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Sorting Materials into Groups
4.1 OBJECTS AROUND US
We saw that our food and clothes have so much variety in them. Not just food and clothes, there is such a vast variety of objects everywhere. We see around us, a chair, a bullock cart, a cycle, cooking utensils, books, clothes, toys, water, stones and many other objects. All these objects have different shapes, colours and uses (Fig. 4.1). Look around and identify objects that are round in shape. Our list may include a rubber ball, a football and a glass marble. If we include objects that are nearly round, our list could also include objects like apples, oranges, and an earthen pitcher (gharha). Suppose we were looking for objects that are edible. We might include all the items that we have listed in Tables 1.1, 1.2 and 1.3 in Chapter 1. We might alsofind that some of those round shaped objects we just listed out, are also inthis group.
Let us say, we wish to make a group of objects that are made of plastics. Buckets, lunch boxes, toys, water containers, pipes and many such objects, may find a place in this group. There are so many ways to group objects! In the above examples we have grouped objects on the basis of their shape or the materials they are made from. All objects around us are made of one or more materials. These materials may be glass, metal, plastics, wood, cotton, paper, mud or soil. Can you think of more examples of materials?
Let us collect as many objects as possible, from around us. Each of us could get some everyday objects from home and we could also collect some objects from the classroom or from outside the school. What will we havein our collection? Chalk, pencil, notebook, rubber, duster, a hammer, nail, soap, spoke of a wheel, bat, matchbox, salt, potato! We can also list objects that we can think of, but, cannot bring to the classroom. For example, wall, trees, doors, tractor, road. Separate all objects from this collection that are made from paper or wood. This way we have divided all objects into two groups. One group has the objects that are made from paper or wood while the other group has the objects that are not made of these materials. Similarly, we could separate the things that are used for preparing food. Let us be a little more systematic. List all objects collected, in Table 4.1. Try to identify the materials that each one is made of. It would be fun to make this a large table – collecting information about as many objects as possible. It may seem difficult to find out the materials out of which some of these objects are made. In such cases, discuss with your friends, teacher and parents to identify the materials. What do we find from these tables? First, we grouped objects in many different ways. We then found that objects around us are made of different materials. At times, an object is made of a single material. An object could also be made of many materials. And then again, one material could be used for making many different objects. What decides which material should be used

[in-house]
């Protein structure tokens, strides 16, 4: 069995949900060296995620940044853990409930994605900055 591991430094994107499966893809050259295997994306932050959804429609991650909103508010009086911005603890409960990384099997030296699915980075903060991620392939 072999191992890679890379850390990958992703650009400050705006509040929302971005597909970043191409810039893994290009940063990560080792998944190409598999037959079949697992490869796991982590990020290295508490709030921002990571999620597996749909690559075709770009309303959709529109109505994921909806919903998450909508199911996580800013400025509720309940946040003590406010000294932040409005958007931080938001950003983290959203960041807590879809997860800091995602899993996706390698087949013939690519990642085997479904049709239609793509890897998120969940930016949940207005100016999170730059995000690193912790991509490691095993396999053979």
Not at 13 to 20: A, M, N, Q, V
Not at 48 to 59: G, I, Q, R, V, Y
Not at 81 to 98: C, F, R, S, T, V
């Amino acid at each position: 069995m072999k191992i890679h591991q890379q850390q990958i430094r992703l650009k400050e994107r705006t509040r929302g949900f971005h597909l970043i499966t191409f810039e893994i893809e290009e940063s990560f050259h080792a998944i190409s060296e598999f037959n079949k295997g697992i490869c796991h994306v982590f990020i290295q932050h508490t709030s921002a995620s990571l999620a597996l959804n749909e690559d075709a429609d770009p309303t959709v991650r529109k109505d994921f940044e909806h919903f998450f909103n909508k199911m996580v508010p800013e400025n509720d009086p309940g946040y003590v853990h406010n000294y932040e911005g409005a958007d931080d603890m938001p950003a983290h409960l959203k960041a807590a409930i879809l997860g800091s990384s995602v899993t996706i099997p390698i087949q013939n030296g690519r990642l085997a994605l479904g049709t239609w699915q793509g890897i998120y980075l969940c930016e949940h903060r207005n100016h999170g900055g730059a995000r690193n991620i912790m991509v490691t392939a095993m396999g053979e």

4.2 PROPERTIES OF MATERIALS
Have you ever wondered why a tumbler is not made with a piece of cloth? Recall our experiments with pieces of cloth in Chapter 3 and also keep in mind that we generally use a tumbler to keep a liquid. Therefore, would it not be silly, if we were to make a tumbler out of cloth (Fig 4.2)! What we need for a tumbler is glass, plastics, metal or other such material that will hold water. Similarly, it would not be wise to use paper-like materials for cooking vessels. Collect small pieces of different materials – paper, cardboard, wood, copper wire, aluminium sheet, chalk. Do any of these appear shiny? Separate the shiny materials into a group. Now, observe as the teacher cuts each material into two pieces and look at the freshly cut surface (Fig. 4.3). What do you notice? Does the freshly cut surface of some of these materials appear shiny? Include these objects also in the group of shiny materials. Do you notice such a shine or lustre in the other materials, cut them anyway as you can? Repeat this in the class with as many materials as possible and make a list of those with and without lustre. Instead of cutting, you can rub the surface of material with sand paper to see if it has lustre.
1. Name five objects which can be made from wood.
2. Select those objects from the following which shine: Glass bowl, plastic toy, steel spoon, cotton shirt
3. Match the objects given below with the materials from which they could be made. Remember, an object could be made from more than one material and a given material could be used for making many objects.
4. State whether the statements given below are True or False.
(i) Stone is transparent, while glass is opaque.
(ii) A notebook has lustre while eraser does not.
(iii) Chalk dissolves in water.
(iv) A piece of wood floats on water.
(v) Sugar does not dissolve in water.
(vi) Oil mixes with water.
(vii) Sand settles down in water.
(viii) Vinegar dissolves in water.
5. Given below are the names of some objects and materials: Water, basket ball, orange, sugar, globe, apple and earthen pitcher Group them as:
(a) Round shaped and other shapes
(b) Eatables and non eatables
6. List all items known to you that float on water. Check and see if they will float on an oil or kerosene.
7. Find the odd one out from the following:
a) Chair, Bed, Table, Baby, Cupboard
b) Rose, Jasmine, Boat, Marigold, Lotus
c) Aluminium, Iron, Copper, Silver, Sand
d) Sugar, Salt, Sand, Copper sulphate
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